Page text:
At WiseGeek, we are committed to creating content that you can trust. Our editorial process is designed to ensure that every piece of content we publish is accurate, reliable, and informative.

Our team of experienced writers and editors follows a strict set of guidelines to ensure the highest quality content. We conduct thorough research, fact-check all information, and rely on credible sources to back up our claims. Our content is reviewed by subject-matter experts to ensure accuracy and clarity.

We believe in transparency and maintain editorial independence from our advertisers. Our team does not receive direct compensation from advertisers, allowing us to create unbiased content that prioritizes your interests.

When faced with a breast cancer diagnosis and a recommendation to undergo chemotherapy, patients have several pros and cons to weigh. Chemotherapy for breast cancer is a very common treatment plan because of its proven effectiveness at eradicating the disease. When used alone or with other treatments, chemotherapy may give a patient the best odds at survival. On the other hand, chemotherapy comes with well-known side effects that may make the treatment intolerable to some patients.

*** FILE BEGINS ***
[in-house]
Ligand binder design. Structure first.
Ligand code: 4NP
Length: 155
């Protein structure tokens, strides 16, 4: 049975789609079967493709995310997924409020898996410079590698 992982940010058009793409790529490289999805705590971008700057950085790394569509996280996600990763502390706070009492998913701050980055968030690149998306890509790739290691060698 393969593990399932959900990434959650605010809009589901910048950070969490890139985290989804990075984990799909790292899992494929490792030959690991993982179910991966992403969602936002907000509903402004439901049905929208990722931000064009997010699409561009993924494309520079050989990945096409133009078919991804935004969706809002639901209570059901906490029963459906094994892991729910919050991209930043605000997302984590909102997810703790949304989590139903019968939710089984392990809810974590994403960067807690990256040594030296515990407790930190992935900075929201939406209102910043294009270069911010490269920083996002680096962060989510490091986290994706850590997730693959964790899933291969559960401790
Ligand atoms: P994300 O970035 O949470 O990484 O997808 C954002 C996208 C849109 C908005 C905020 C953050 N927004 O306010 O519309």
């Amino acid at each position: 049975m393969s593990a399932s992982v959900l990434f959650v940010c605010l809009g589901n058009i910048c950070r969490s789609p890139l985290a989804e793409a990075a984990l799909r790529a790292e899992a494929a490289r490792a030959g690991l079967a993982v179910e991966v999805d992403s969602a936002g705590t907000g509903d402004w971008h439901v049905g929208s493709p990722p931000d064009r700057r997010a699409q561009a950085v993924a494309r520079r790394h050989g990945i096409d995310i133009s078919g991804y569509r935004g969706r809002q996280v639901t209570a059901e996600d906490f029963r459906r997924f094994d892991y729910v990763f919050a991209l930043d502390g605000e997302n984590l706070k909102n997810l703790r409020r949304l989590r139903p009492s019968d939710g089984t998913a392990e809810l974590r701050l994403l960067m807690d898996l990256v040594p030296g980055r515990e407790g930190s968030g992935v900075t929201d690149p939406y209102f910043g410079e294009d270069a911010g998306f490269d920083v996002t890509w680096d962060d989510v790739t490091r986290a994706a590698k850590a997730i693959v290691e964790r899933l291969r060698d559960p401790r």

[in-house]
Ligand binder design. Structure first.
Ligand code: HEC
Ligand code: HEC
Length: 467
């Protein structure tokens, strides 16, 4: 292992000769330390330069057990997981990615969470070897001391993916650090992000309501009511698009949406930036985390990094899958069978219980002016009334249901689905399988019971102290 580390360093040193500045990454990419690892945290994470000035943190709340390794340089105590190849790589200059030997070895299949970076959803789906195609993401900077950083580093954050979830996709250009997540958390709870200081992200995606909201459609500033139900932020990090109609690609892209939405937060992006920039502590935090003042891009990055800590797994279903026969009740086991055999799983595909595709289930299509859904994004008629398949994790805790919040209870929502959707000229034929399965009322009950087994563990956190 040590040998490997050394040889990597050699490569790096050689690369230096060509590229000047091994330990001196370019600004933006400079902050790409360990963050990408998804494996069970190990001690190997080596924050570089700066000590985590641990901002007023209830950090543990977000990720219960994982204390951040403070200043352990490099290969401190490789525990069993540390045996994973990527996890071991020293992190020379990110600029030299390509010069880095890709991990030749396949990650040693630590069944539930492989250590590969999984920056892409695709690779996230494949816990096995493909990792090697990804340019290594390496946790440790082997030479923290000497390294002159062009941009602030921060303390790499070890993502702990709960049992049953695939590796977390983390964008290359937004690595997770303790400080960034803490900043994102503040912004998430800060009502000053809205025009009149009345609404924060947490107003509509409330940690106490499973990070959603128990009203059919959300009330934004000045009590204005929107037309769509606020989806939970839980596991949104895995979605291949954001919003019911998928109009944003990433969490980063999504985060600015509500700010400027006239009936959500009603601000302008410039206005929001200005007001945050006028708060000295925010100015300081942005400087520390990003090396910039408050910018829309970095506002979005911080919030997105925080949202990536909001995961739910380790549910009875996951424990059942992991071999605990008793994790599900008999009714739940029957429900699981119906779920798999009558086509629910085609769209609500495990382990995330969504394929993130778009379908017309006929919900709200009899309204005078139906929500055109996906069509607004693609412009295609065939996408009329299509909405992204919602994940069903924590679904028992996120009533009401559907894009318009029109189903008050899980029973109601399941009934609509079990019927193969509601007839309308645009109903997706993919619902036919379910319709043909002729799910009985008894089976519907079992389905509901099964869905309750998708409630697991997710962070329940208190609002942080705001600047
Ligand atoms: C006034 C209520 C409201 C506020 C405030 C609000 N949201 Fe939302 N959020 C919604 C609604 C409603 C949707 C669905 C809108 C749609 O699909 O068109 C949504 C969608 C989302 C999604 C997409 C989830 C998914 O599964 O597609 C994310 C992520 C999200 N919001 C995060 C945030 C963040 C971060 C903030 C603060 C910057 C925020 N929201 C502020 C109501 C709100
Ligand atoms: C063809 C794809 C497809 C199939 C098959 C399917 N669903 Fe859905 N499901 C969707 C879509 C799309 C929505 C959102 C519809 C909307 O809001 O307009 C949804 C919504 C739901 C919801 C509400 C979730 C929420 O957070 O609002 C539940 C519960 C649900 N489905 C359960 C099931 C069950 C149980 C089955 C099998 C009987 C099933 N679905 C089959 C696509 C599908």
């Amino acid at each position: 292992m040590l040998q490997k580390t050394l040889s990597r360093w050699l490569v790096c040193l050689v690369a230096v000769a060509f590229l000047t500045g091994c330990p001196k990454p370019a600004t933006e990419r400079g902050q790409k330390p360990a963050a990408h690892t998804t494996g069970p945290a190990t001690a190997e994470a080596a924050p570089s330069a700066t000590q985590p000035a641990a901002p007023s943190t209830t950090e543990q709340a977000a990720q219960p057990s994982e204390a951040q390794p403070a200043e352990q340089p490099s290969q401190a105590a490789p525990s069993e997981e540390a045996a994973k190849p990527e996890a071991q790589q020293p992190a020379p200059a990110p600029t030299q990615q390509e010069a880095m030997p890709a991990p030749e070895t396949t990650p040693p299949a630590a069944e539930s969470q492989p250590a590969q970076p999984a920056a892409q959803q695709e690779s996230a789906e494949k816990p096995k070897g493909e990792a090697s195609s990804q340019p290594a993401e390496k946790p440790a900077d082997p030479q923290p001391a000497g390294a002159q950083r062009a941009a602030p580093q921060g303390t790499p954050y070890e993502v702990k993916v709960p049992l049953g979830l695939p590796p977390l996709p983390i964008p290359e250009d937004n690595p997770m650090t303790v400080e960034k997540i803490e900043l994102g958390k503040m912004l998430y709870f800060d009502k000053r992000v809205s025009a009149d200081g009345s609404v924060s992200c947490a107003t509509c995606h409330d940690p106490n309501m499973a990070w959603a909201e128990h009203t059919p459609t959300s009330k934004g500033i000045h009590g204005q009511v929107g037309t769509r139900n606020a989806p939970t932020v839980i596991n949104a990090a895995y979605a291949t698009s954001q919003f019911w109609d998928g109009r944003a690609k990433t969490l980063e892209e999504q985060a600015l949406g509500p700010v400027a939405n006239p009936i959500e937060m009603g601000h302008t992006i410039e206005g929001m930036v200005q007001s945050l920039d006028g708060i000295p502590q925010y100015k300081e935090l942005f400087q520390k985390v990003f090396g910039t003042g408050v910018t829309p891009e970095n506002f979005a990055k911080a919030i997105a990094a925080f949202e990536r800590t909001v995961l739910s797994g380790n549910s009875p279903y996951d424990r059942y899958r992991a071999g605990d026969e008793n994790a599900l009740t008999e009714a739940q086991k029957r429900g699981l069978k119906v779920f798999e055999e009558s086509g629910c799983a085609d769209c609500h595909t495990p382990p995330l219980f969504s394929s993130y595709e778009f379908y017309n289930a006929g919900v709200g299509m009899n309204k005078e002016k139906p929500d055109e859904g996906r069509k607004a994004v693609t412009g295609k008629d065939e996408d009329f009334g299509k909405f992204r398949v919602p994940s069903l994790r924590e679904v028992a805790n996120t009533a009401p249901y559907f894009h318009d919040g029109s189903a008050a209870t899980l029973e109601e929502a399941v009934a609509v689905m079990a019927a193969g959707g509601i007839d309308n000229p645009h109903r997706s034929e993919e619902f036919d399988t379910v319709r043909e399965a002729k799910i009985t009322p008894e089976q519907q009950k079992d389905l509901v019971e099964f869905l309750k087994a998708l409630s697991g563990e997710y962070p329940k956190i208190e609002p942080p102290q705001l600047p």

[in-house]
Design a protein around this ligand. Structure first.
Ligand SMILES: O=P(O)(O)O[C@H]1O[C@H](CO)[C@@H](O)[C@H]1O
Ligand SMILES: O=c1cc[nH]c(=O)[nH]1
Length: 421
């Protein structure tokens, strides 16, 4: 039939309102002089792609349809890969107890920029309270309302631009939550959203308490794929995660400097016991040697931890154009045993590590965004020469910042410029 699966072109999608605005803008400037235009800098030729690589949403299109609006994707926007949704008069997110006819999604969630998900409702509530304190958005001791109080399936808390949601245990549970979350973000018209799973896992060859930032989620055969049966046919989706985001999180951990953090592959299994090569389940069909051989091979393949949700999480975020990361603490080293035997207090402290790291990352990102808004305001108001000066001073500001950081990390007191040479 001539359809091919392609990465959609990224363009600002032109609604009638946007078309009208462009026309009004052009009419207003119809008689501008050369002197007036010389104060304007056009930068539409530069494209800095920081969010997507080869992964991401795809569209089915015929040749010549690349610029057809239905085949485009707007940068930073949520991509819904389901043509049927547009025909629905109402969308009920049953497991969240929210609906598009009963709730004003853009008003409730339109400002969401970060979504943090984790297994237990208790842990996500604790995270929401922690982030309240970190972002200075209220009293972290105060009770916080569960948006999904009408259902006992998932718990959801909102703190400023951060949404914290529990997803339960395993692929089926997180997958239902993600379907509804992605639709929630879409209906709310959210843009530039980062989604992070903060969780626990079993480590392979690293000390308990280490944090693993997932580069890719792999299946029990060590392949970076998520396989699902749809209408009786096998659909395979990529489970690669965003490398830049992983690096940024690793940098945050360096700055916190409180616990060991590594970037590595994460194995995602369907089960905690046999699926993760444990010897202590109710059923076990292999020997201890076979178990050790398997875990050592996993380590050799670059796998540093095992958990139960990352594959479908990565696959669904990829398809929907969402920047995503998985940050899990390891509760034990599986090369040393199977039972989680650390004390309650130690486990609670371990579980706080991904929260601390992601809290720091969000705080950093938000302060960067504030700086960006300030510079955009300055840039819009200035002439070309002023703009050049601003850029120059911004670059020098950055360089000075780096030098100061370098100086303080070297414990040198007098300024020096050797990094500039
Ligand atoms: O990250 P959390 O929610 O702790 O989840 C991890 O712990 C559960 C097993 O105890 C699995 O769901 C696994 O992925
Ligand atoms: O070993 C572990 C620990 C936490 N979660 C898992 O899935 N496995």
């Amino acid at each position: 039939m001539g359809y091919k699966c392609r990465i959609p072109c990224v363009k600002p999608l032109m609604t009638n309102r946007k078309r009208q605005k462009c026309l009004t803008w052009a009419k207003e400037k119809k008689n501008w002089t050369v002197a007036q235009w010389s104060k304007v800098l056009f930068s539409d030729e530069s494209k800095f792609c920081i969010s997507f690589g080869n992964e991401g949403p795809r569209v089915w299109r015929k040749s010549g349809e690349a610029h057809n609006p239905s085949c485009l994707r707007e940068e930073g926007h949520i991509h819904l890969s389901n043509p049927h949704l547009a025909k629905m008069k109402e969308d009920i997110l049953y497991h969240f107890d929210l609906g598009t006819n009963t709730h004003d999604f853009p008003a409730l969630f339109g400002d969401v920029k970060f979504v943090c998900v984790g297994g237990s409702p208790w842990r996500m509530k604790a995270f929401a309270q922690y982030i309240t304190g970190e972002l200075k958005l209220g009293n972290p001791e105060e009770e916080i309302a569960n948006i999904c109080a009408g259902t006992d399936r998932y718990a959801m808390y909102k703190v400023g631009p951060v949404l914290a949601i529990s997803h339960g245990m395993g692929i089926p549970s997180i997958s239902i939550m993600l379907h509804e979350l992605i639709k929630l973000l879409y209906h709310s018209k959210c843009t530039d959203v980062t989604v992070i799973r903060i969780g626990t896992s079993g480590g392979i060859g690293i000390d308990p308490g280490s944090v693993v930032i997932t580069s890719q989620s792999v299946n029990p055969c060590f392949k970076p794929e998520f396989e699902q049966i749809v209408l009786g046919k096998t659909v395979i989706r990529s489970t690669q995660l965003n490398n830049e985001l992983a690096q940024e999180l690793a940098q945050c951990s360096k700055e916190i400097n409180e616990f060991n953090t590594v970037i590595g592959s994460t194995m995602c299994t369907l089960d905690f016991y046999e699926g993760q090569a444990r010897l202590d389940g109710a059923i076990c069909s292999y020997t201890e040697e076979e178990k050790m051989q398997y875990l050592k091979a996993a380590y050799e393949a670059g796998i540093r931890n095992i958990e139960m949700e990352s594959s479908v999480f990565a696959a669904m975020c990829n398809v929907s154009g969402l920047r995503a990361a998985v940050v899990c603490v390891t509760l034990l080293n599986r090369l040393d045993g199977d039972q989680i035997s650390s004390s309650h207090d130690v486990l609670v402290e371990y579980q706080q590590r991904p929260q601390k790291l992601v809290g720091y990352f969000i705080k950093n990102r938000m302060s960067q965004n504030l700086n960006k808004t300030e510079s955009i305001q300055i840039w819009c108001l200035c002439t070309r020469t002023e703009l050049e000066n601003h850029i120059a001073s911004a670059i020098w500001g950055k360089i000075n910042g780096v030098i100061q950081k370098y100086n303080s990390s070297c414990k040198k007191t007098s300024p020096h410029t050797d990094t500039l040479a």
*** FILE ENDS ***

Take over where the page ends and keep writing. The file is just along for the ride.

The primary advantage of using chemotherapy for breast cancer is the treatment’s proven track record. Advances in medical technology, more effective drugs, and better understanding of drug interactions have helped medical professionals devise treatment plans that more specifically target cancerous cells. Improved practices help ensure that cancerous cells are killed and make it less likely that patients will experience a recurrence of the cancer.

Another benefit to chemotherapy is the ability to continue a normal lifestyle during treatment. Many sessions require little, if any, hospitalization, although this is not true for every breast cancer patient. While patients may experience chemotherapy’s side effects during the cycle, the resting periods between cycles allows them to continue working, participating in social activities, and so on.

This treatment does not come without drawbacks, however, and it may cause a range of negative side effects that interfere with quality of life. Physical side effects often include nausea, hair loss, pain, weight loss or weight gain, and fatigue. These side effects are typically particularly pronounced during chemotherapy cycles, but may continue into resting periods. Breast cancer patients may find the side effects become increasingly severe as chemotherapy cycles progress, and this is often physically and mentally difficult for patients to bear.